Setting Default Route Inside VLSM Tree
draft-shyam-rt-inside-vlsm-tree-01

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INTERNET DRAFT                                          S. Bandyopadhyay
draft-shyam-rt-inside-vlsm-tree-01.txt                      July 1, 2018
Intended status: Proposed Standard
Expires: January 1, 2019

                 Setting Default Route Inside VLSM Tree
                 draft-shyam-rt-inside-vlsm-tree-01.txt

Abstract

   This document shows how to set default route inside VLSM tree.  With
   this approach routing information of the external world need not be
   passed down to the VLSM tree. It shows how RSVP-TE is extended to
   support IP-VPN with MPLS to support default route inside VLSM tree.

Status of this Memo

   This Internet-Draft is submitted in full conformance with the
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   This Internet-Draft will expire on January 1, 2019.

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Bandyopadhyay            Expires January 1, 2019                [Page 1]
Internet Draft             Real IP Framework                July 1, 2018

1. Introduction

   Inside a VLSM tree of provider assigned address space, traditionally
   BGP [1] is used to provide routing and to support VPN services [2].
   This document shows how routing is achieved inside a VLSM tree by
   setting default route instead of using BGP. With this approach
   routing information of the external world need not be passed down to
   the VLSM tree. Thus load inside a router gets reduced substantially.
   This document shows how RSVP-TE is extended to support IP-VPN with
   MPLS by setting default route inside a VLSM tree. Inside a customer
   network, if address space is distributed in the form of a VLSM tree,
   same approach can be applied in place of using a traditional routing
   algorithm.

2. Setting default route inside VLSM tree

   Inside a VLSM tree, a node of higher prefix can be divided into
   number of nodes with lower prefixes. Each divided node can further be
   subdivided with nodes of further lower prefixes. This process can be
   continued as long as it is desired or no more division is further
   possible.

                               +--------------+
                               |     SW-A     |
                               | 11.1.16.0/20 |
                               +-+-+------+-+-+
                                 | |      | |
                 +---------------+ |      | +----------------+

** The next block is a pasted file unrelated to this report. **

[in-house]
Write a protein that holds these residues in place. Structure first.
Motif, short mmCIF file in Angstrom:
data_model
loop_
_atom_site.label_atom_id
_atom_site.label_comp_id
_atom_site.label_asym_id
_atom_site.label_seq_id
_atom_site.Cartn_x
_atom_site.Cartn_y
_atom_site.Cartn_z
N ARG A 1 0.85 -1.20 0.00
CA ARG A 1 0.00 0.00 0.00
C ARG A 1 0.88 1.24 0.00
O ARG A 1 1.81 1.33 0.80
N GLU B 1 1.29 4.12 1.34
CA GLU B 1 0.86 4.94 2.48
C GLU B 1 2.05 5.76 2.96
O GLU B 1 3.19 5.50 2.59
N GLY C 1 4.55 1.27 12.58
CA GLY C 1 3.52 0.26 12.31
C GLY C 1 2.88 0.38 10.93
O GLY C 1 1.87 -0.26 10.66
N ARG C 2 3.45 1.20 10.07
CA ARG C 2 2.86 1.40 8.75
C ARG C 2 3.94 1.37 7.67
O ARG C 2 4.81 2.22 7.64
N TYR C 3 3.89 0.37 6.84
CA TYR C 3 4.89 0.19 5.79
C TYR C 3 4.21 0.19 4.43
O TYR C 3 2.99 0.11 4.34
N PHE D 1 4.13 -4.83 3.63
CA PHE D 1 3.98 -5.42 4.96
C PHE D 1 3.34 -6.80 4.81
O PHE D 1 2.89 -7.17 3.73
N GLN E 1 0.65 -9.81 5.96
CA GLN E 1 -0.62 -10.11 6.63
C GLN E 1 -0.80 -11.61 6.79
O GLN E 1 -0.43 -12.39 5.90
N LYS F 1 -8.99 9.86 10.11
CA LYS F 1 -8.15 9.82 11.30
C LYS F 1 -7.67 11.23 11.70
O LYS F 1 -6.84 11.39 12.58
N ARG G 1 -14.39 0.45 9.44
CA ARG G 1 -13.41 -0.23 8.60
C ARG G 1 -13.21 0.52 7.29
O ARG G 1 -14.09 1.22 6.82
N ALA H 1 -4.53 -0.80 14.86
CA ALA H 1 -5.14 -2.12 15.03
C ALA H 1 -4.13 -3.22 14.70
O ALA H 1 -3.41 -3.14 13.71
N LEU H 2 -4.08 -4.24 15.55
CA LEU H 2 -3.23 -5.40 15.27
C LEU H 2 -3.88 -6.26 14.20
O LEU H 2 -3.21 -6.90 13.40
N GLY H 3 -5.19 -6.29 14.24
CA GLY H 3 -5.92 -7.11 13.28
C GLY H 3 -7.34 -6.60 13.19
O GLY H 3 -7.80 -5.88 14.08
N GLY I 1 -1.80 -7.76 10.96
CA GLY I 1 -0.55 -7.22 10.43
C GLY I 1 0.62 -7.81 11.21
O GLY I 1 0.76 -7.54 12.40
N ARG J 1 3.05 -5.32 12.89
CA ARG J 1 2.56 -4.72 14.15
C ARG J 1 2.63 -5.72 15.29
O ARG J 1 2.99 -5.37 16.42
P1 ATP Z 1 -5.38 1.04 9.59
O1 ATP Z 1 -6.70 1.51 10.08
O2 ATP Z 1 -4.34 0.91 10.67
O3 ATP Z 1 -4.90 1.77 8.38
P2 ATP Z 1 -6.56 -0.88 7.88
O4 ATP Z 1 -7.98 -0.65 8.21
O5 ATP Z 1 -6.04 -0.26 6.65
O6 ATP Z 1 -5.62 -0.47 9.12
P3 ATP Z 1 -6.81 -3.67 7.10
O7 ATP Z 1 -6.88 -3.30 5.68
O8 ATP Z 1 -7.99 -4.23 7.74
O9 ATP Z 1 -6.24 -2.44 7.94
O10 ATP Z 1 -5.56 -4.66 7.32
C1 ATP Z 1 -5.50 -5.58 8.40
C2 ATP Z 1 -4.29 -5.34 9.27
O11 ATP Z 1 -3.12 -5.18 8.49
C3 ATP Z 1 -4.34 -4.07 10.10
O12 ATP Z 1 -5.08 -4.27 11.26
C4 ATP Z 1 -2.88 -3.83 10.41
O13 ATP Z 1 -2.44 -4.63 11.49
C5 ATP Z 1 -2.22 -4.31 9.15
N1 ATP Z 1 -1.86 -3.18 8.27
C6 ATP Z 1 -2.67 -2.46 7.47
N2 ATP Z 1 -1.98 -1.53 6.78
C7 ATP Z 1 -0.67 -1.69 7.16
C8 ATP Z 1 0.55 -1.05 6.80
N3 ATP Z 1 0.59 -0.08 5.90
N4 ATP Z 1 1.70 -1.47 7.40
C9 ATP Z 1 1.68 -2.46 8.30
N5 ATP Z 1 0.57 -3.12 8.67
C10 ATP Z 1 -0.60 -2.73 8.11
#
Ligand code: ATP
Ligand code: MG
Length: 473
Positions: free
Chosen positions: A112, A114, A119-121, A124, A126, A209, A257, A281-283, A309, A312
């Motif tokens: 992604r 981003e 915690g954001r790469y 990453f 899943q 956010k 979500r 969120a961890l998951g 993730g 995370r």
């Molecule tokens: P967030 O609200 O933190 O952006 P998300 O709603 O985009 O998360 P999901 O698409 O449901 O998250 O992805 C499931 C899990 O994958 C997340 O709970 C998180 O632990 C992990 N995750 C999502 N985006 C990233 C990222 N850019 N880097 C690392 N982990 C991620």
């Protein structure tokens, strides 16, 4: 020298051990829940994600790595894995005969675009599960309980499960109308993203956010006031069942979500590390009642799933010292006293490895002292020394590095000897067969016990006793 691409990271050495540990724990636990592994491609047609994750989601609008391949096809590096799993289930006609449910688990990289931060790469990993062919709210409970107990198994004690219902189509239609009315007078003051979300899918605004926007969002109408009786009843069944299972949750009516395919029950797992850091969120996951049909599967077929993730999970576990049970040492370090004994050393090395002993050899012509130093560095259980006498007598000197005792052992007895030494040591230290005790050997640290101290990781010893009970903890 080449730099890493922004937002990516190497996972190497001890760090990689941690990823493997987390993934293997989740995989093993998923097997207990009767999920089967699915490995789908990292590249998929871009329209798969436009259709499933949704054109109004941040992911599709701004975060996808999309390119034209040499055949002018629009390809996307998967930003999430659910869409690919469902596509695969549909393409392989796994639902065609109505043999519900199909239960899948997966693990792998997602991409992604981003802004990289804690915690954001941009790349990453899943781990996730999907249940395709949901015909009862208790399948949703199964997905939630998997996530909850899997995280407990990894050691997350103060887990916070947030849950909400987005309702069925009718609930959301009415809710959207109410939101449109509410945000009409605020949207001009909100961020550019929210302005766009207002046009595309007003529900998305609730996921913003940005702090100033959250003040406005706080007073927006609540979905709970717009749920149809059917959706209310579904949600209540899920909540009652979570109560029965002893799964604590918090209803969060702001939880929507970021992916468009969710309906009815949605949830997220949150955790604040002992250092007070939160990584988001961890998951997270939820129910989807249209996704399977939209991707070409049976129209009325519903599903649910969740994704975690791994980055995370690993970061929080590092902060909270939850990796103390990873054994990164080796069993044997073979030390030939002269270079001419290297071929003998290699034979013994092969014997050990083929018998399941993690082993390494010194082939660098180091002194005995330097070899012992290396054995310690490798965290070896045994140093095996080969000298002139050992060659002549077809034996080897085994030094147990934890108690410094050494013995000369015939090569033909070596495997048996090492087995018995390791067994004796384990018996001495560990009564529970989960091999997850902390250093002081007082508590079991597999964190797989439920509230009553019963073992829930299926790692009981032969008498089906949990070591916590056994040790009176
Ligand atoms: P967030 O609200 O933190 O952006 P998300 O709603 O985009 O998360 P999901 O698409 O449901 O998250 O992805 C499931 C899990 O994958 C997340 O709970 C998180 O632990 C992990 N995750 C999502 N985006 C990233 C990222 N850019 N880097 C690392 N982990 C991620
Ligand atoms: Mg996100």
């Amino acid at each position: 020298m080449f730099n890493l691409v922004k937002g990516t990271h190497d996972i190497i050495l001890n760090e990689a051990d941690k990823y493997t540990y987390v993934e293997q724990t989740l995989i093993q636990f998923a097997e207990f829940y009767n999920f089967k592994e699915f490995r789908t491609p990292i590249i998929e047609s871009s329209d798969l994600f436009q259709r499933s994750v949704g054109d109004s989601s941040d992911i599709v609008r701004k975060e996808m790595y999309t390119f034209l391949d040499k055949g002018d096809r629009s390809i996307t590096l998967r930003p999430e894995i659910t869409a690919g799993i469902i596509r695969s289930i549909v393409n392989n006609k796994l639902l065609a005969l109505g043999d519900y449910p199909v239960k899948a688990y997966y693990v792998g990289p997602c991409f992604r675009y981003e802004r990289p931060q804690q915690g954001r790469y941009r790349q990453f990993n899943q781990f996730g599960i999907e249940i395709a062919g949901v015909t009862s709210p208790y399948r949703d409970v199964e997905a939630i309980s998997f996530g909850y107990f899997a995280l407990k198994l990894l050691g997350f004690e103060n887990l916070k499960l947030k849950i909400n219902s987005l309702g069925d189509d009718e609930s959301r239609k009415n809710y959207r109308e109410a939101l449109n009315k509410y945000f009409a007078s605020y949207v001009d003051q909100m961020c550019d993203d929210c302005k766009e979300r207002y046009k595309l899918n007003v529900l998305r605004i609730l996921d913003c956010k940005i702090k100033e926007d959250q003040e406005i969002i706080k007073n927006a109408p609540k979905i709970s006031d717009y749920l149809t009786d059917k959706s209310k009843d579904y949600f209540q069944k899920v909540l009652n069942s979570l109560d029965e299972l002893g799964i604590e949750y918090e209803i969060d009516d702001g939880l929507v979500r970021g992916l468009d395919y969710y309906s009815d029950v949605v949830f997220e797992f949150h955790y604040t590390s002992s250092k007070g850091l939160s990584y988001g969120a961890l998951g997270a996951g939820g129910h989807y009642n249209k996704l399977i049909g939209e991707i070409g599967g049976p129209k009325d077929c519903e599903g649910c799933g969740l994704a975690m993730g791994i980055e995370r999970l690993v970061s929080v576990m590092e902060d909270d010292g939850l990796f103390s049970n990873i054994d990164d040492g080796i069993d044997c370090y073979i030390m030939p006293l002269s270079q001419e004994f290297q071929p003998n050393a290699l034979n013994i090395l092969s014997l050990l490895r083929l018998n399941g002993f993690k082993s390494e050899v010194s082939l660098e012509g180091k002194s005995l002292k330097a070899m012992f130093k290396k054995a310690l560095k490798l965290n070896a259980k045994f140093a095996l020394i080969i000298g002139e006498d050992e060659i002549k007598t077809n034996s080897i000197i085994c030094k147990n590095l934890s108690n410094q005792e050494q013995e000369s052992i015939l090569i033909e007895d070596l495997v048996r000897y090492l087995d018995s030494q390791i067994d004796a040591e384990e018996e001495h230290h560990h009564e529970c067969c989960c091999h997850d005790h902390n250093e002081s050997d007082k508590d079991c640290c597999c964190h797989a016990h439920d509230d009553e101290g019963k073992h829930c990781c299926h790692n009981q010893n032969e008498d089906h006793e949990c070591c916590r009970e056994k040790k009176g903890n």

|                 |      |                  |
          +------+-----+ +---------+--+ +-+----------+ +-----+------+
          |    SW-B    | |    SW-C    | |    SW-D    | |   SW-E     |
          |11.1.16.0/21| |11.1.24.0/22| |11.1.28.0/23| |11.1.30.0/23|
          +---+----+---+ +------------+ +------------+ +--+---------+
              |    |                                      |
              |    +-------+                              |
              |            |                           +--+--+
      +-------+----+  +----+-------+                   |CN-D |
      |   SW-F     |  |    SW-G    |                   +-----+
      |11.1.16.0/22|  |11.1.20.0/22|                11.1.30.0/24
      +--+---------+  +--+------+--+
         |               |      |
         |               |      |
      +--+--+         +--+--+ +-+---+
      |CN-A |         |CN-B | |CN-C |
      +-----+         +-----+ +-----+
   11.1.16.0/24  11.1.20.0/24 11.1.21.0/24

Bandyopadhyay            Expires January 1, 2019                [Page 2]
Internet Draft             Real IP Framework                July 1, 2018

   Figure above shows a typical arrangement of VLSM tree of a service
   provider's network with IPv4 address space. Switch SW-A is connected
   to the outside world and maintains global routing table. It acts as
   the root of a VLSM tree that acts as a stub. It has been assigned an
   address block 11.1.16.0/20 which is distributed among its four
   children SW-B, SW-C, SW-D and SW-E with the approach of VLSM. Switch
   SW-B further divides its address space between switches SW-F and SW-
   G. Switch SW-F assigns an address block 11.1.16.0/24 to customer
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